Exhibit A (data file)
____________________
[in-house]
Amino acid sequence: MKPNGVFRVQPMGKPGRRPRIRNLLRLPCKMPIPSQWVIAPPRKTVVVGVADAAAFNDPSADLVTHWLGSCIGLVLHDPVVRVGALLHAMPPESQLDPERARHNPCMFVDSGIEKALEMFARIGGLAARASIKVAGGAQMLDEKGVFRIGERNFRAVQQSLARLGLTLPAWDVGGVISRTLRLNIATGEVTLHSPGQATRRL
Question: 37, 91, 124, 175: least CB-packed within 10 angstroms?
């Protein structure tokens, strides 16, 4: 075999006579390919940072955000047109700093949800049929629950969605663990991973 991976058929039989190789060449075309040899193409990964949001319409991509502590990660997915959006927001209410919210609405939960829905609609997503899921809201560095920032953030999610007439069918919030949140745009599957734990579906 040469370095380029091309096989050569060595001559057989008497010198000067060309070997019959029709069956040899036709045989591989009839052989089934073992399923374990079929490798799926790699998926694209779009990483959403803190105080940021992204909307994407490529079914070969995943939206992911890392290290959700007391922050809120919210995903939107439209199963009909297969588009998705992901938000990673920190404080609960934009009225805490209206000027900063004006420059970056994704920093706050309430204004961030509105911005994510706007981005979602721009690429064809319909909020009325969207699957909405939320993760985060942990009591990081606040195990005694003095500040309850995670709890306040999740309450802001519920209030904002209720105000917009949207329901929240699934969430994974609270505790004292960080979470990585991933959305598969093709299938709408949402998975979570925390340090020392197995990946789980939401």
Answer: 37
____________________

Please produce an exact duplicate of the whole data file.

[in-house]
Amino acid sequence: MKPNGVFRVQPMGKPGRRPRIRNLLRLPCKMPIPSQWVIAPPRKTVVVGVADAAAFNDPSADLVTHWLGSCIGLVLHDPVVRVGALLHAMPPESQLDPERARHNPCMFVDSGIEKALEMFARIGGLAARASIKVAGGAQMLDEKGVFRIGERNFRAVQQSLARLGLTLPAWDVGGVISRTLRLNIATGEVTLHSPGQATRRL
Question: 37, 91, 124, 175: least CB-packed within 10 angstroms?
């Protein structure tokens, strides 16, 4: 075999006579390919940072955000047109700093949800049929629950969605663990991973 991976058929039989190789060449075309040899193409990964949001319409991509502590990660997915959006927001209410919210609405939960829905609609997503899921809201560095920032953030999610007439069918919030949140745009599957734990579906 040469370095380029091309096989050569060595001559057989008497010198000067060309070997019959029709069956040899036709045989591989009839052989089934073992399923374990079929490798799926790699998926694209779009990483959403803190105080940021992204909307994407490529079914070969995943939206992911890392290290959700007391922050809120919210995903939107439209199963009909297969588009998705992901938000990673920190404080609960934009009225805490209206000027900063004006420059970056994704920093706050309430204004961030509105911005994510706007981005979602721009690429064809319909909020009325969207699957909405939320993760985060942990009591990081606040195990005694003095500040309850995670709890306040999740309450802001519920209030904002209720105000917009949207329901929240699934969430994974609270505790004292960080979470990585991933959305598969093709299938709408949402998975979570925390340090020392197995990946789980939401």
Answer: 37